coolest hotels in kuala lumpur – hip hotels in kuala lumpur
Looking for the coolest hotels Kuala Lumpur ? You’ve come to the right place.
Kuala Lumpur doesn’t have many of the sorts of world class hotels I’d associate with the other asian hub cities of Singapore, Hong Kong and Bangkok. Several of the best luxury brands have a presence in the city, but their hotels in general are not flagships and in my view could do with a bit of a refresh. The cool design hotel wave has yet to sweep over Kuala Lumpur, and it is only fairly recently that a good quality boutique hotel has opened, in Villa Samadhi. Room for improvement.
Scroll down for our independent selection of the coolest hotels Kuala Lumpur and Kuala Lumpur romantic hotels …
Looking for the recommendations of Conde Nast Kuala Lumpur ? In terms of awards, Kuala Lumpur’s hotels and resorts haven’t fared too well, although The Club Suajana has been featured in both the Conde Nast Hot List and DestinAsian’s Luxe List, and The Majestic Hotel has also been honoured by inclusion in the Conde Nast Hot List and the Tatler 101 Best Hotels in the World list.
Some of the best hotels in Kuala Lumpur are affiliated with the leading marketing organisations. Leading Hotels of the World has the fabulous Majestic Hotel, Small Luxury Hotels of the World has The Club Saujana, and Mr & Mrs Smith has Villa Samadhi.
Quick guide to Kuala Lumpur – Impressions
Many think of Kuala Lumpur as the poor cousin of Asia’s other hub cities, Singapore, Hong Kong and Bangkok. The shopping isn’t quite as good as in the other cities, there aren’t as many fabulous bars and restaurants and the number of world class hotels that push hotellustlist’s buttons is significantly lower.
Having said that, things have been looking up over the past few years; the food is amazing and I could stare at the fabulous Petronas Twin Towers for hours on end. And one advantage of being ‘second tier’ in this respect is that Kuala Lumpur is much better value than the other cities. The hotels are cheaper, the food is cheaper and you’re far more likely to come away with some bargains in the shopping.
Food and drink
One of the highlights of Kuala Lumpur (and indeed, all of the Malaysian peninsula) for me is the wonderful variety of food. In part this is a legacy of successive waves of Javanese, Chinese and Indian immigration into an existing Malay culture. Chinese entered the area in two main waves, firstly in response to job offers from the British adminstrators of the former Malaya during the mid 19th century Opium War period, and secondly as an escape from the Chinese civil war in the middle of the 20th century. Indians were originally brought into the area by the British to work in the colonial government and as labourers and soldiers. The result, from a food perspective, is the best of all worlds – some great Malay dishes, some of which resemble Indonesian dishes – think Laksa, Nasi Goreng… Chinese dishes and southern indian dishes such as curries and my personal favourite ‘Roti tissue’ – a flatbread served as a cone – it can be served with savouries, but my preference is the sweet version, particularly with condensed milk. Yum.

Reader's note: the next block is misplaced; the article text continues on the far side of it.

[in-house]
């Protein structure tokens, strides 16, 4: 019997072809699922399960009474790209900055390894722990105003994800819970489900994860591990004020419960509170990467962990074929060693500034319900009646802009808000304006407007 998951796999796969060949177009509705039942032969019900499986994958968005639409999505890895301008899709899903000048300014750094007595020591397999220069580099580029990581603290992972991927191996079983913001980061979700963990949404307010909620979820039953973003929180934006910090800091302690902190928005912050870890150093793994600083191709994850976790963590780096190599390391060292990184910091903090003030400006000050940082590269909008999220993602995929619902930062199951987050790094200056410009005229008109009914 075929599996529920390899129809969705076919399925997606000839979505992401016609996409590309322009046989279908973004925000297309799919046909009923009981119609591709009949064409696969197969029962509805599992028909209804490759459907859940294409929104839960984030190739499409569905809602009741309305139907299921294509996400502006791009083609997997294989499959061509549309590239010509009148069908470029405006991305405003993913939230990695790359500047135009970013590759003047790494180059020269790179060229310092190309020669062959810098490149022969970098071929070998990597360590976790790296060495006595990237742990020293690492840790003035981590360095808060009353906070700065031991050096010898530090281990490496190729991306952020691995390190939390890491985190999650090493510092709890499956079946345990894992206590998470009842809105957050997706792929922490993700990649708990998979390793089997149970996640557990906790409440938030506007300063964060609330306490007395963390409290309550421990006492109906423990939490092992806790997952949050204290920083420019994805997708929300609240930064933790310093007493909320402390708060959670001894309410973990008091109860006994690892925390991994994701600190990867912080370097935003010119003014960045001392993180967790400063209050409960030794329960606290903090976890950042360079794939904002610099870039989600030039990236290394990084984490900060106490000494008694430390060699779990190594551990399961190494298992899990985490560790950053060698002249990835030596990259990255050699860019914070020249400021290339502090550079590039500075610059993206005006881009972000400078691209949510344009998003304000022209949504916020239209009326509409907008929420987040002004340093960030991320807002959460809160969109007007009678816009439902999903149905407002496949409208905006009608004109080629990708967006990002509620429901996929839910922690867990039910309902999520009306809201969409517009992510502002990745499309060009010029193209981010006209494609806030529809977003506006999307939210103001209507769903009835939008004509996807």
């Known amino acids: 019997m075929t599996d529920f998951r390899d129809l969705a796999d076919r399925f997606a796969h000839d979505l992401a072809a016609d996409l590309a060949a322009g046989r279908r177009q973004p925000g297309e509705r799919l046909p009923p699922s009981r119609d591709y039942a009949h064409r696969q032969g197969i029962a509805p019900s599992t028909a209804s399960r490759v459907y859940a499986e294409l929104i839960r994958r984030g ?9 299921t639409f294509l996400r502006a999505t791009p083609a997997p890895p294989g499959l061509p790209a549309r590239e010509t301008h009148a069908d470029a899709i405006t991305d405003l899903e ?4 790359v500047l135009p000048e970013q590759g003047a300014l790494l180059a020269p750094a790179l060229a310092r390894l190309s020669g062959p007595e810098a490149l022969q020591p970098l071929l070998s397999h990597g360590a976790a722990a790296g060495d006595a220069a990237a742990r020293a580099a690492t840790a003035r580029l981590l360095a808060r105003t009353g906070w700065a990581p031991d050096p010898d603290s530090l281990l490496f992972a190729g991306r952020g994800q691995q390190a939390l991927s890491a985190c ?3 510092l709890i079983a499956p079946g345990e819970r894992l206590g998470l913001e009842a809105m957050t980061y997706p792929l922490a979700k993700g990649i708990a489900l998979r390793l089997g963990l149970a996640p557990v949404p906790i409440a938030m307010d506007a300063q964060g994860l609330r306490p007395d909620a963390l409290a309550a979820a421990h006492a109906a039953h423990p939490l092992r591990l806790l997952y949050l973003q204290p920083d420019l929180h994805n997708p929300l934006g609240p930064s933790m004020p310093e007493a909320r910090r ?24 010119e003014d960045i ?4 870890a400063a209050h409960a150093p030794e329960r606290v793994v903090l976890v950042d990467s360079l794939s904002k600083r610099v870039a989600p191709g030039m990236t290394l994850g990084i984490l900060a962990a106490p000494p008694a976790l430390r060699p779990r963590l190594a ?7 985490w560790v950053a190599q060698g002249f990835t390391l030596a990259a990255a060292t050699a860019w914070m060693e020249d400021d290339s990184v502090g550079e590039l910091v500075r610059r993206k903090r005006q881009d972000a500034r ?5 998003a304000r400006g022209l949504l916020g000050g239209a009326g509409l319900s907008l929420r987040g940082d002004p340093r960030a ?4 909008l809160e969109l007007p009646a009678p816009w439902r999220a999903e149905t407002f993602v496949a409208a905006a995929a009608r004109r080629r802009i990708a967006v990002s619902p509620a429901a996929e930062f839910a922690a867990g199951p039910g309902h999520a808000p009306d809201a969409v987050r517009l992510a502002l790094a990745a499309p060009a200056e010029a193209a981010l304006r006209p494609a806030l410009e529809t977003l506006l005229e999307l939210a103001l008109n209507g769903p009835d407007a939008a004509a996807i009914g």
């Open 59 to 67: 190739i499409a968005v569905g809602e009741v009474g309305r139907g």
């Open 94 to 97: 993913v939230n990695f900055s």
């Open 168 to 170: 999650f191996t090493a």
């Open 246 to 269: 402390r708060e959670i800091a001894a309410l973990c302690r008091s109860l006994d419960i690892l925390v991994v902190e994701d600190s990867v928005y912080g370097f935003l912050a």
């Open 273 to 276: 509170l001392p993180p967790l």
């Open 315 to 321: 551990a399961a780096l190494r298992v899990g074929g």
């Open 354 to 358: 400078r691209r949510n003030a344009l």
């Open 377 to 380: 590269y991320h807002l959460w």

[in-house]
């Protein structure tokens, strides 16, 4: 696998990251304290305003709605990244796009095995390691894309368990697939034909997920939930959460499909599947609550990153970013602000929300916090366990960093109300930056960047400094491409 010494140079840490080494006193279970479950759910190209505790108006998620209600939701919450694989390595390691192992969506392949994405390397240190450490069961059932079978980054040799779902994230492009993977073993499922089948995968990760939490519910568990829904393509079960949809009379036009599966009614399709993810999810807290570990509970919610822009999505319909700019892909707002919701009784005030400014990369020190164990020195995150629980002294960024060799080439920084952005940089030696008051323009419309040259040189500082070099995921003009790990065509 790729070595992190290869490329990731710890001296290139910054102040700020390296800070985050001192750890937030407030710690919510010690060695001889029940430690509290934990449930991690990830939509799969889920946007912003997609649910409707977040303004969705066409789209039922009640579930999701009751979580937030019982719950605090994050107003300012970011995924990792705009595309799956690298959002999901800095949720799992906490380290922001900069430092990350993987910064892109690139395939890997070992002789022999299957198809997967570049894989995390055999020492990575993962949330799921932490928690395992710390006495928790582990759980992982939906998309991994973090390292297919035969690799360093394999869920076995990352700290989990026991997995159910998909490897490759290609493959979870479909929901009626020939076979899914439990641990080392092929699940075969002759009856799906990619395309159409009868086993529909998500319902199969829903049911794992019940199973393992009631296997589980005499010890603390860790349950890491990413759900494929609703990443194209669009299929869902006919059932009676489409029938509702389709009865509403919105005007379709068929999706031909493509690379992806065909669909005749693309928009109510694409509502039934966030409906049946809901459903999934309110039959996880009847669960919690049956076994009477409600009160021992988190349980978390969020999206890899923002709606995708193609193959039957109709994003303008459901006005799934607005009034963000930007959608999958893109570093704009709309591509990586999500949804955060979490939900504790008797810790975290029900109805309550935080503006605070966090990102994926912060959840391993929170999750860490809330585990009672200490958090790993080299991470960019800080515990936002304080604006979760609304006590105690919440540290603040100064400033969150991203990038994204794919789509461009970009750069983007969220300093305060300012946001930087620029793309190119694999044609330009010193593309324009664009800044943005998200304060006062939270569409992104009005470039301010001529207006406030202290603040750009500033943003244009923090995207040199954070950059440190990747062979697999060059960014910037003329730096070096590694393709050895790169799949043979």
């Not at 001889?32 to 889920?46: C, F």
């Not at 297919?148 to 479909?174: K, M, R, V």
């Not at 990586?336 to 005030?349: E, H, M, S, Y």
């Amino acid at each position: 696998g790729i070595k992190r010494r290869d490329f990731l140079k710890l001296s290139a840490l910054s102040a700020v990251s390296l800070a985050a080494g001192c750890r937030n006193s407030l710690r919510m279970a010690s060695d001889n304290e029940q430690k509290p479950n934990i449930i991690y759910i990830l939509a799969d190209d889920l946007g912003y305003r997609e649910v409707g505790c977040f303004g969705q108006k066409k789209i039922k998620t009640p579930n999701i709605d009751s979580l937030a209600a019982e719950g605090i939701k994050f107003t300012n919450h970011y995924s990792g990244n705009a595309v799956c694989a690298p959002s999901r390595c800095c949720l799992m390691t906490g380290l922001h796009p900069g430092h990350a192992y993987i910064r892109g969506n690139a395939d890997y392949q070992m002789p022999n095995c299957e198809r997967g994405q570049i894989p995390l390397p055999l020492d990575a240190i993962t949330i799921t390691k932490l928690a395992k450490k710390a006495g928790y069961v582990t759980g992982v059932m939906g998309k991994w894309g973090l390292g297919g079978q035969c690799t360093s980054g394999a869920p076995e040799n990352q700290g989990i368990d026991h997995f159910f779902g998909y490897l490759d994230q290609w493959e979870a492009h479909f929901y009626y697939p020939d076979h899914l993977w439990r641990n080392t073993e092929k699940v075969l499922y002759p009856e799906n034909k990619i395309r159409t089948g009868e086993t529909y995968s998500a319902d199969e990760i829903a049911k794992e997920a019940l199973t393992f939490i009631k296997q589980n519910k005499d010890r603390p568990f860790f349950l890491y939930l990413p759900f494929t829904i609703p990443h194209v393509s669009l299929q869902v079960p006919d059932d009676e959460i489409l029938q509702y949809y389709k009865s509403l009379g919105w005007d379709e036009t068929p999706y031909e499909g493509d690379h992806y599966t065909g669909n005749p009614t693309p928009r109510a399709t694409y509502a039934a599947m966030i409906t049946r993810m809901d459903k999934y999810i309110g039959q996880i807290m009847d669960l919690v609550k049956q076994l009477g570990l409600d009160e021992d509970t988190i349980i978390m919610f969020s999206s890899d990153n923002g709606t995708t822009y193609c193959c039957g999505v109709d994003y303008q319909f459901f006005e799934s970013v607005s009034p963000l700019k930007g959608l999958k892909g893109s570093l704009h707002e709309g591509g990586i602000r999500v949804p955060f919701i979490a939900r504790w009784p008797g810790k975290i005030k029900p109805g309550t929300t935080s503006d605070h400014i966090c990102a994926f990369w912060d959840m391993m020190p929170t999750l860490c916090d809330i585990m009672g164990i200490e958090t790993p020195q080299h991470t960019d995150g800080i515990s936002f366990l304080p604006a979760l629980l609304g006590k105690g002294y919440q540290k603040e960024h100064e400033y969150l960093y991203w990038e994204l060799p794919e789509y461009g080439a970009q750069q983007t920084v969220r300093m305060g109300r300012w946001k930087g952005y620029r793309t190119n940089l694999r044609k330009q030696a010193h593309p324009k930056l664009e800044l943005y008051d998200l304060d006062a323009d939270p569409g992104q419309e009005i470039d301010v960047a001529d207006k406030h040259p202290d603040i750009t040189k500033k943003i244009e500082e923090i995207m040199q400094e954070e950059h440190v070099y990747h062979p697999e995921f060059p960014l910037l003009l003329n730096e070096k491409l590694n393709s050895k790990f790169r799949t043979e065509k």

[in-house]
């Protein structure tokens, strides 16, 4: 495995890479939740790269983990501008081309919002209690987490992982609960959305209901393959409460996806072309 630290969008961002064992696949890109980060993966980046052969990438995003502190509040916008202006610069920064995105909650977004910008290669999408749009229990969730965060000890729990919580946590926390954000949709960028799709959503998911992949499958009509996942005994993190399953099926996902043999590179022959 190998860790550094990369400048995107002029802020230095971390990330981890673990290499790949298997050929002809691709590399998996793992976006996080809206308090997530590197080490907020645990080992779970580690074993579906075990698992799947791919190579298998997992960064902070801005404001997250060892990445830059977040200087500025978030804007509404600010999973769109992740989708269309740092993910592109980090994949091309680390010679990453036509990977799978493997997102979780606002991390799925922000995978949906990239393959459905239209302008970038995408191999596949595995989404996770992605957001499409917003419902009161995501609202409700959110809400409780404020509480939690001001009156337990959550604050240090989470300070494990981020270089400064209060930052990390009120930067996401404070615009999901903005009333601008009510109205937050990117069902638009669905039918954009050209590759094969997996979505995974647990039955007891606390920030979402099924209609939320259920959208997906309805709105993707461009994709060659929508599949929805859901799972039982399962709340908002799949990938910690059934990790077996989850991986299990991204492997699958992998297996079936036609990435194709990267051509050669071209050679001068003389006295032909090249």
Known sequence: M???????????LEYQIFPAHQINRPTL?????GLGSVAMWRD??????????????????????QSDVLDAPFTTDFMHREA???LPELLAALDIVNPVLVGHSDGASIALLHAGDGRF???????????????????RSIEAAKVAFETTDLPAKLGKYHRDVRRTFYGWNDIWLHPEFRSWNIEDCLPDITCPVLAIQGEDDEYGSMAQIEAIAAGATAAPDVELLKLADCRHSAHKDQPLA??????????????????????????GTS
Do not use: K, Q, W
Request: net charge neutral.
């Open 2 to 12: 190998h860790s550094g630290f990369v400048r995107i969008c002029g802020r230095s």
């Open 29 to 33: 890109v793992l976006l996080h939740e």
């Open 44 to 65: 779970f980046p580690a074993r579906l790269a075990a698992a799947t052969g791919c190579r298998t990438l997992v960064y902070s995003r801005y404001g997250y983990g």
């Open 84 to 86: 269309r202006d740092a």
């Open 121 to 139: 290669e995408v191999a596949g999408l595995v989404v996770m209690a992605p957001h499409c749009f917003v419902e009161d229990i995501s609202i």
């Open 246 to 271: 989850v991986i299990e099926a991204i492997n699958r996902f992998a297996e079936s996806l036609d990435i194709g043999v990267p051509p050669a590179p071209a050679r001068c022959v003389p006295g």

For me the best food is that found in the hawker’s markets and food courts – there is a good market at Jalan Alor and another at Petaling Street Night Market, and some great options in the various shopping malls. If you want to go a bit more up-market, the most important thing for me when selecting a restaurant is the look of the place, the interior design. I love the look of Frangipani (French), Mandarin Grill at the Mandarin Oriental and Lafite at the Shangri-La Hotel, although a footnote to Lafite – we had lunch there recently on the back of the photo of the restaurant on the hotel’s website, and were severely disappointed. The restaurant looks terrible, in my view, and the picture on the website has clearly had some colour treatment. Having said that, the food was amazing.